Verses 1–9

Here, I. God silences Moses’s complaints with the assurance of success in this negotiation, repeating the promise made him in Exod. 3:20; After that, he will let you go. When Moses was at his wit’s end, wishing he had staid in Midian, rather than have come to Egypt to make bad worse—when he was quite at a loss what to do—Then the Lord said unto Moses, for the quieting of his mind, “Now shalt thou see what I will do to Pharaoh (Exod. 6:1); now that the affair has come to a crisis, things are as bad as they can be, Pharaoh is in the height of pride and Israel in the depth of misery, now is my time to appear.” See Ps. 12:5; Now will I arise. Note, Man’s extremity is God’s opportunity of helping and saving. Moses had been expecting what God would do; but now he shall see what he will do, shall see his day at length, Job 24:1. Moses had been trying what he could do, and could effect nothing. “Well,” says God, “now thou shalt see what I will do; let me alone to deal with this proud man,” Job 40:12, 13. Note, Then the deliverance of God’s church will be accomplished, when God takes the work into his own hands. With a strong hand, that is, being forced to it by a strong hand, he shall let them go. Note, As some are brought to their duty by the strong hand of God’s grace, who are made willing in the day of his power, so others by the strong hand of his justice, breaking those that would not bend.

II. He gives him further instructions, that both he and the people of Israel might be encouraged to hope for a glorious issue of this affair. Take comfort,

1. From God’s name, Jehovah, Exod. 6:2, 3. He begins with this, I am Jehovah, the same with, I am that I am, the fountain of being, and blessedness, and infinite perfection. The patriarchs knew this name, but they did not know him in this matter by that which this name signifies. God would now be known by his name Jehovah, that is, (1.) A God performing what he had promised, and so inspiring confidence in his promises. (2.) A God perfecting what he had begun, and finishing his own work. In the history of the creation, God is never called Jehovah till the heavens and the earth were finished, Gen. 2:4. When the salvation of the saints is completed in eternal life, then he will be known by his name Jehovah (Rev. 22:13); in the mean time they shall find him, for their strength and support, El-shaddai, a God all-sufficient, a God that is enough and will be so, Mic. 7:20.

2. From his covenant: I have established my covenant, Exod. 6:4. Note, The covenants God makes he establishes; they are made as firm as the power and truth of God can make them. We may venture our all upon this bottom.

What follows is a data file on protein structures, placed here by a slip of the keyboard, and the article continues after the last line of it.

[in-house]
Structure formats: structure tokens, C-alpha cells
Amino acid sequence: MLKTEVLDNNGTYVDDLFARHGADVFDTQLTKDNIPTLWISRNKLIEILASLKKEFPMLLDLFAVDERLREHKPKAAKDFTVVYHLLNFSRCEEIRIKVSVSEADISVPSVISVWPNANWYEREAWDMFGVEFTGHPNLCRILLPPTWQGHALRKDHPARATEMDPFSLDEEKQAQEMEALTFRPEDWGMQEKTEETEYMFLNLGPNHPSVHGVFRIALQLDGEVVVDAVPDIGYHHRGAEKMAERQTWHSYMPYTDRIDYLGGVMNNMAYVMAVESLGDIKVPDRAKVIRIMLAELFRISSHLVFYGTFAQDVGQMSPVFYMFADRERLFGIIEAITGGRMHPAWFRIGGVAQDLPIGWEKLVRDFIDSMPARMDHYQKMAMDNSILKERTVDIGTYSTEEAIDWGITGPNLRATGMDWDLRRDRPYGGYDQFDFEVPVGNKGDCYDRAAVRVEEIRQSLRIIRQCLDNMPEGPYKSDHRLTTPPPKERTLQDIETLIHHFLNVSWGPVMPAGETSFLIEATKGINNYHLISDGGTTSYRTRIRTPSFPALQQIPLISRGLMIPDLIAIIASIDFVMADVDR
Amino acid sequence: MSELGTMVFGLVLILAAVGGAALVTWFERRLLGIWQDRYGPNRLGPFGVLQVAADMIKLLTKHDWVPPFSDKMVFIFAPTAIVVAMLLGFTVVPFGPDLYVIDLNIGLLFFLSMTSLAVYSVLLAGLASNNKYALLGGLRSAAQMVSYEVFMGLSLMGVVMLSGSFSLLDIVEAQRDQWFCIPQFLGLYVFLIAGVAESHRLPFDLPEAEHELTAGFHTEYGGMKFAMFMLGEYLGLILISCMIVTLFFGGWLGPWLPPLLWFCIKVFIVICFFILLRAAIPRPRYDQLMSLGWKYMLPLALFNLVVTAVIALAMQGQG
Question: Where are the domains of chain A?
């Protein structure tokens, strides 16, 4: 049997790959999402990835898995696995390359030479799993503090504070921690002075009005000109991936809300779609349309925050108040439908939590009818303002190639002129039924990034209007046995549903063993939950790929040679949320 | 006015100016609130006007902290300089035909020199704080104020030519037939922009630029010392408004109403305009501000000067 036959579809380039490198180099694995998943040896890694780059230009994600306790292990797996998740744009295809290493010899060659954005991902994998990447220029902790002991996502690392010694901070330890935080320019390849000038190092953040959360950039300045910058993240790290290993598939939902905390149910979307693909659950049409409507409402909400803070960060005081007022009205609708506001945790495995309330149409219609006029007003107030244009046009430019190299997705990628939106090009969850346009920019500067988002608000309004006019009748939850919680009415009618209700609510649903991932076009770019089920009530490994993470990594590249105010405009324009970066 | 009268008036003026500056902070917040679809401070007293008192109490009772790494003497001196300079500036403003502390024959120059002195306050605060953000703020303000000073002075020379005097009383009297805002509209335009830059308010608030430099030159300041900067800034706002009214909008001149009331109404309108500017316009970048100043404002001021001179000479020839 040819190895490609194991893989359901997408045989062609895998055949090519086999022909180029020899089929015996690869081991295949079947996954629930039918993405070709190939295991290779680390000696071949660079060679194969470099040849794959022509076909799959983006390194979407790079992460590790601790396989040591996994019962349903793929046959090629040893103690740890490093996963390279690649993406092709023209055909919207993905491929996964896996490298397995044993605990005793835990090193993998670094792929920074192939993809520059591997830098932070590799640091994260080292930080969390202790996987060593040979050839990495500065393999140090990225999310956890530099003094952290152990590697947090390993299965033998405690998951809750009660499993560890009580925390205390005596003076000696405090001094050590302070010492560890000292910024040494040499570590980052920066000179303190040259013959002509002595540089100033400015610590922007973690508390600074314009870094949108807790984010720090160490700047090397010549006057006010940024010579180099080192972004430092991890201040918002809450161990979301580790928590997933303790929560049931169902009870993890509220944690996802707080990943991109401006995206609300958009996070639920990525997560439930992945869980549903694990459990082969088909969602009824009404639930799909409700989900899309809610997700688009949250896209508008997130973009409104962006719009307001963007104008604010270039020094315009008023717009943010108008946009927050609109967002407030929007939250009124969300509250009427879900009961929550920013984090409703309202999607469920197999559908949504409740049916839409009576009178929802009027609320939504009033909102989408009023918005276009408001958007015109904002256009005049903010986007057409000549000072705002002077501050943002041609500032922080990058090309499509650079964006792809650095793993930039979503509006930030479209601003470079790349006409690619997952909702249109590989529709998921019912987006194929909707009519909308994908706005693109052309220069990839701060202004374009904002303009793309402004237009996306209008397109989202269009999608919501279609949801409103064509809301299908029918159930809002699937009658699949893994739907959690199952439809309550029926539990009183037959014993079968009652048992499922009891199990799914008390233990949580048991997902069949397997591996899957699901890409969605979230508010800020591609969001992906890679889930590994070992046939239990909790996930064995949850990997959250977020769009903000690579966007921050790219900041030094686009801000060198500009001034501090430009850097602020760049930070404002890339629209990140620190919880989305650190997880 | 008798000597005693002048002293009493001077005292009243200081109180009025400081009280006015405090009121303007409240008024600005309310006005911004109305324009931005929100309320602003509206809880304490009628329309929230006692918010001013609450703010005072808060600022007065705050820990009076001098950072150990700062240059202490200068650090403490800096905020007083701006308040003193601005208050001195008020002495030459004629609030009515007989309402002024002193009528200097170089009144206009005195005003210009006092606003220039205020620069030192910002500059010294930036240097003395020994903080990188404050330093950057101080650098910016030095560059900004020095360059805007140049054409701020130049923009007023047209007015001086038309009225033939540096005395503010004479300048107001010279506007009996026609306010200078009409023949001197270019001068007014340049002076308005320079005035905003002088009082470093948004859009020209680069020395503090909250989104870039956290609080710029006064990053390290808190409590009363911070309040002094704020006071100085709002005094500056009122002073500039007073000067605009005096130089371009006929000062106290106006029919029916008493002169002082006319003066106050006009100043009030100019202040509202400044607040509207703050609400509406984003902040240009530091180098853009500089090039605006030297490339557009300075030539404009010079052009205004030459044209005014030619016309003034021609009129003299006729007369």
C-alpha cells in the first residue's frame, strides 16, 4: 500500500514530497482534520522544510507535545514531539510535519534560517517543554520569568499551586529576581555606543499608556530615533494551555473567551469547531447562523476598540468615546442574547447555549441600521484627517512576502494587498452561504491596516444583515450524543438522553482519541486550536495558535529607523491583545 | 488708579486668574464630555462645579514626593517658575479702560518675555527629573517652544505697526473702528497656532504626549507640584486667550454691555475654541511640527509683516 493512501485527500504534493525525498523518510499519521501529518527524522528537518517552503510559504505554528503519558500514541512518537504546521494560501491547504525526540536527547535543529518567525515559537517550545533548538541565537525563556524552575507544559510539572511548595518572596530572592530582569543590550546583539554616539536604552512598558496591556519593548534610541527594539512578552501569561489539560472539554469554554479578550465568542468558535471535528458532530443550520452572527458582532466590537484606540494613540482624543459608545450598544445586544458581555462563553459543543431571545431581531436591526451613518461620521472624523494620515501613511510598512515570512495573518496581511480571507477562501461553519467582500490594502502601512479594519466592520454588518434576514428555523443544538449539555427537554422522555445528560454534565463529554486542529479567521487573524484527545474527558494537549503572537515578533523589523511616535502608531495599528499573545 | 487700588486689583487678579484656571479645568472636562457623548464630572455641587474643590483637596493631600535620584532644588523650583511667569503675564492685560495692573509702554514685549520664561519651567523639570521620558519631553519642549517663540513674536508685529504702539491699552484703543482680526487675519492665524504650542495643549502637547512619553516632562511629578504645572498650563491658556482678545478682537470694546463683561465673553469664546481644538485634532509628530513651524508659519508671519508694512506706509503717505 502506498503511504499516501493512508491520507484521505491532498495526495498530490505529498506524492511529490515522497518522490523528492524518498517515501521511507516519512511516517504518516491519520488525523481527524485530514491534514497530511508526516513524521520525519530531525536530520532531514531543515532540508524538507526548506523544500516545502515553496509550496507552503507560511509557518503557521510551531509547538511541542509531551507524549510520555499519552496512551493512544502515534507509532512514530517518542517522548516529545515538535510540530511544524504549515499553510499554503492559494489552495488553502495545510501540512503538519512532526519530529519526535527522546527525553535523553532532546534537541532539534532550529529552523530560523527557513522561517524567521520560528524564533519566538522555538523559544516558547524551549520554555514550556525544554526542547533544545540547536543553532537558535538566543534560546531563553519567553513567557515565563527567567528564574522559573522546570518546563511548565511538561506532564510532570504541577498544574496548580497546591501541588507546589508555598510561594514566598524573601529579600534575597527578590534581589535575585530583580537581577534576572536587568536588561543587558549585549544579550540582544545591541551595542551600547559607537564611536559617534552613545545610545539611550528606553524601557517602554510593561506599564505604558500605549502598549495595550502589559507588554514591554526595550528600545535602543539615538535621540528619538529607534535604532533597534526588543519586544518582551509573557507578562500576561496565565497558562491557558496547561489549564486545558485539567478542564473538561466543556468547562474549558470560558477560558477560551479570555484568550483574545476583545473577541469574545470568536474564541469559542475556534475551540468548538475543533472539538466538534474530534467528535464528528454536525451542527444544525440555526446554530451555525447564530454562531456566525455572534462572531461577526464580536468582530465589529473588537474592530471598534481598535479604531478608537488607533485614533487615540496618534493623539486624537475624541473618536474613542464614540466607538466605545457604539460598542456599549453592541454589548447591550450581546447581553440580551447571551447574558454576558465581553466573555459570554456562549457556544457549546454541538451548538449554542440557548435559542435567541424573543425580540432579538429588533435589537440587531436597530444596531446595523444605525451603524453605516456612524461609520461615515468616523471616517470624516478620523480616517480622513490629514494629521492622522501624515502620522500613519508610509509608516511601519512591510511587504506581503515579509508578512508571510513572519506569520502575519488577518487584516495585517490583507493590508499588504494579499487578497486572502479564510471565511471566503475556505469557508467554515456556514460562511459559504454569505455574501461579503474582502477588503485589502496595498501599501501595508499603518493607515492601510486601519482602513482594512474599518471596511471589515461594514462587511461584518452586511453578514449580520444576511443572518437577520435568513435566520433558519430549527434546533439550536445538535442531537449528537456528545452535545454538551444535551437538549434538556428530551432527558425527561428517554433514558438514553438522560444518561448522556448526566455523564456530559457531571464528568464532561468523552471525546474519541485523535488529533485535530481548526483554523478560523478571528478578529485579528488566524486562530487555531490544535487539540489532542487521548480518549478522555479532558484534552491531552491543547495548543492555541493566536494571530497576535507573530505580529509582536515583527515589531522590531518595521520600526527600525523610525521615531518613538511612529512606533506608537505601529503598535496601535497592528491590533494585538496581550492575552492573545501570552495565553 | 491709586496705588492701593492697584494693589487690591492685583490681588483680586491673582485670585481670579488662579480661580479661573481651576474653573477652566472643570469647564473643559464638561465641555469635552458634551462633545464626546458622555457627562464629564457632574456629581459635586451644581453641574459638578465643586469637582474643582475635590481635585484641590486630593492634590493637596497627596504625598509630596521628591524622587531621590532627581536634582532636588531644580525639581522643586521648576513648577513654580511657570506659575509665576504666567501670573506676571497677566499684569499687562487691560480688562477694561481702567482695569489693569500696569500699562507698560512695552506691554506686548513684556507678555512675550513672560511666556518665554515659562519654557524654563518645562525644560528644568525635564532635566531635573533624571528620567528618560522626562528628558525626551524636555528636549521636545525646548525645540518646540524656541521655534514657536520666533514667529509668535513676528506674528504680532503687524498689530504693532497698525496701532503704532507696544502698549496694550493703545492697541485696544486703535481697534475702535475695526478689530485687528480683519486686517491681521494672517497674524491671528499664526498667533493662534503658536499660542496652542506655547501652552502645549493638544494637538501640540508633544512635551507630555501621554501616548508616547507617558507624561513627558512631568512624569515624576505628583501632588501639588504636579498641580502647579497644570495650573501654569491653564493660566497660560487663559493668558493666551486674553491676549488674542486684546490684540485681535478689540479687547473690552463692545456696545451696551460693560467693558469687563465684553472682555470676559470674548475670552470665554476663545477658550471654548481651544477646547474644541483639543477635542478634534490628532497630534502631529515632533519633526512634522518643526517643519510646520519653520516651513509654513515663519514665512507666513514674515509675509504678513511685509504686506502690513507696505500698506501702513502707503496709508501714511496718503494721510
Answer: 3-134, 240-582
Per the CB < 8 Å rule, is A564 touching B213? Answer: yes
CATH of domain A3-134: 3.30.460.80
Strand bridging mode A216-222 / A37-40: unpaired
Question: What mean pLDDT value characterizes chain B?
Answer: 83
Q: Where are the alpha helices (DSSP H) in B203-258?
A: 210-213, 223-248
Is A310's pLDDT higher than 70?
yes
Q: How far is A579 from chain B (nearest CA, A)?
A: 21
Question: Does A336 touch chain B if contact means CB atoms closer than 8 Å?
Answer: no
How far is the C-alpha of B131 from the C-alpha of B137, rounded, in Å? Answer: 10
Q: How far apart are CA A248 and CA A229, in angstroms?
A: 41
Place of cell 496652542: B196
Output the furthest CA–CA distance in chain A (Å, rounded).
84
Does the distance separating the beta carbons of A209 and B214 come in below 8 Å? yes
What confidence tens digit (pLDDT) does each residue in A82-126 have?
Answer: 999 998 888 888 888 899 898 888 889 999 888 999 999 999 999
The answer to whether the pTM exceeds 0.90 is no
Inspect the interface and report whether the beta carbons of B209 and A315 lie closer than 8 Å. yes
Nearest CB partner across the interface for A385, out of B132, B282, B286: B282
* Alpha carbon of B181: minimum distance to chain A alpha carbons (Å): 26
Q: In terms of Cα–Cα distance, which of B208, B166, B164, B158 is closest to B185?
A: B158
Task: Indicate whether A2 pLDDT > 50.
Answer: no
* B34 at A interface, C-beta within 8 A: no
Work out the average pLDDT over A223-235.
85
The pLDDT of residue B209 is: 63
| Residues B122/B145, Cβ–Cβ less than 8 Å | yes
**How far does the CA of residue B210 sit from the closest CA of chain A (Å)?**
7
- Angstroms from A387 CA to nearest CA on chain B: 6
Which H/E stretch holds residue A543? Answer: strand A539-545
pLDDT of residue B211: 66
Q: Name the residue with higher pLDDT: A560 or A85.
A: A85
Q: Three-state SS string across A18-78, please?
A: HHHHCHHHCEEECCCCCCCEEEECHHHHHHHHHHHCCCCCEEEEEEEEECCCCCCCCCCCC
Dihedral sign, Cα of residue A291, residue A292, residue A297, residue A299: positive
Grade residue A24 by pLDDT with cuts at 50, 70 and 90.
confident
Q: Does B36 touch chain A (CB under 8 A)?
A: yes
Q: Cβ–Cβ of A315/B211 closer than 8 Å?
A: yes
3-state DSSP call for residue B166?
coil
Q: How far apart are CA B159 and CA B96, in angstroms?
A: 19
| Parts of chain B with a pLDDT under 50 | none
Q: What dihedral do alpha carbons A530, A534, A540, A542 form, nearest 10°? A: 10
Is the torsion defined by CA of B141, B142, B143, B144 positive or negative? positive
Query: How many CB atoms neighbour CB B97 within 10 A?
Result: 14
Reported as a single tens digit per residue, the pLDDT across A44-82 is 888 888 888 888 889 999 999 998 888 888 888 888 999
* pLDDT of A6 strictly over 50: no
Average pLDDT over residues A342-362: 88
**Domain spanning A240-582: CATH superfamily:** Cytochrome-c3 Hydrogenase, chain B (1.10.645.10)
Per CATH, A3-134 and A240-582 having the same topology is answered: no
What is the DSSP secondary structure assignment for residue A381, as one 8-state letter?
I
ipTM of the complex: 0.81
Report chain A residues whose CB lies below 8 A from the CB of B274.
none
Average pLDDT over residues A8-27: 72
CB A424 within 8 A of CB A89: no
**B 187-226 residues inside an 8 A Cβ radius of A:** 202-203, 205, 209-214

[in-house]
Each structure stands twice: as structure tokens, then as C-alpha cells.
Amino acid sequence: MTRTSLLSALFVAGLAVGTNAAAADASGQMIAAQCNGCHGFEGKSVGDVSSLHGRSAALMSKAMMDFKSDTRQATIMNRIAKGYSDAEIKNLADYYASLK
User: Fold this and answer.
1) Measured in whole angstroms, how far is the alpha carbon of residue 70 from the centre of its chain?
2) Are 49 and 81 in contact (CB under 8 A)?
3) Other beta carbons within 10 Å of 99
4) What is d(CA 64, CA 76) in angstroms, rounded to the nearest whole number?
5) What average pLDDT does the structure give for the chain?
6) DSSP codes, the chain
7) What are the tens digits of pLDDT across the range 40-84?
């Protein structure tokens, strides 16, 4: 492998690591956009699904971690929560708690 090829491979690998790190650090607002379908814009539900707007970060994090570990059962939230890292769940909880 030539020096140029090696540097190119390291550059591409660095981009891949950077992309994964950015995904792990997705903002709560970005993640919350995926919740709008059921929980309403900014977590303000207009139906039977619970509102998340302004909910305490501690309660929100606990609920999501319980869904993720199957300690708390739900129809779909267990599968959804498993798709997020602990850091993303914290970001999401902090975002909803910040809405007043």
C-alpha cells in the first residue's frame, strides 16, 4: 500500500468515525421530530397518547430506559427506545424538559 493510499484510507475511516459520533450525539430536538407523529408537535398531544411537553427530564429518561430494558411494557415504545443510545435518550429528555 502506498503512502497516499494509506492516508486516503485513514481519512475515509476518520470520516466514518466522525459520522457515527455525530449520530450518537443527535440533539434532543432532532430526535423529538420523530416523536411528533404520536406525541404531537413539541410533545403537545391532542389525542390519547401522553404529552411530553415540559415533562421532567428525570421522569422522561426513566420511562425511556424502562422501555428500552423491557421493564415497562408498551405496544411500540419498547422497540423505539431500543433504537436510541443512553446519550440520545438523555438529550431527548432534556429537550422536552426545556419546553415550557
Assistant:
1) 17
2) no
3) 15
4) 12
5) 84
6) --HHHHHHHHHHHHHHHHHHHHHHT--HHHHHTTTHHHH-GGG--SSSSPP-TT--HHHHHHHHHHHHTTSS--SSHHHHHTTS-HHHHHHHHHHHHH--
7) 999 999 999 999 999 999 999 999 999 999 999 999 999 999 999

3. From his compassions (Exod. 6:5): I have heard the groaning of the children of Israel; he means their groaning on occasion of the late hardships put upon them. Note, God take notice of the increase of his people’s calamities, and observes how their enemies grow upon them.

4. From his present resolutions, Exod. 6:6-8. Here is line upon line, to assure them that they should be brought triumphantly out of Egypt (Exod. 6:6), and should be put in possession of the land of Canaan (Exod. 6:8): I will bring you out. I will rid you. I will redeem you. I will bring you into the land of Canaan, and I will give it to you. Let man take the shame of his unbelief, which needs such repetitions; and let God have the glory of his condescending grace, which gives us such repeated assurances for our satisfaction.

5. From his gracious intentions in all these, which were great, and worthy of him, Exod. 6:7. (1.) He intended their happiness: I will take you to me for a people, a peculiar people, and I will be to you a God; more than this we need not ask, we cannot have, to make us happy. (2.) He intended his own glory: You shall know that I am the Lord. God will attain his own ends, nor shall we come short of them if we make them our chief end too. Now, one would think, these good words, and comfortable words, should have revived the drooping Israelites, and cause them to forget their misery; but, on the contrary, their miseries made them regardless of God’s promises (Exod. 6:9): They harkened not unto Moses for anguish of spirit. That is, [1.] They were so taken up with their troubles that they did not heed him. [2.] They were so cast down with their late disappointment that they did not believe him. [3.] They had such a dread of Pharaoh’s power and wrath that they durst not themselves move in the least towards their deliverance. Note, First, Disconsolate spirits often put from them the comforts they are entitled to, and stand in their own light. See Isa. 28:12. Secondly, Strong passions oppose strong consolations. By indulging ourselves in discontent and fretfulness, we deprive ourselves of the comfort we might have both from God’s word and from his providence, and must thank ourselves if we go comfortless.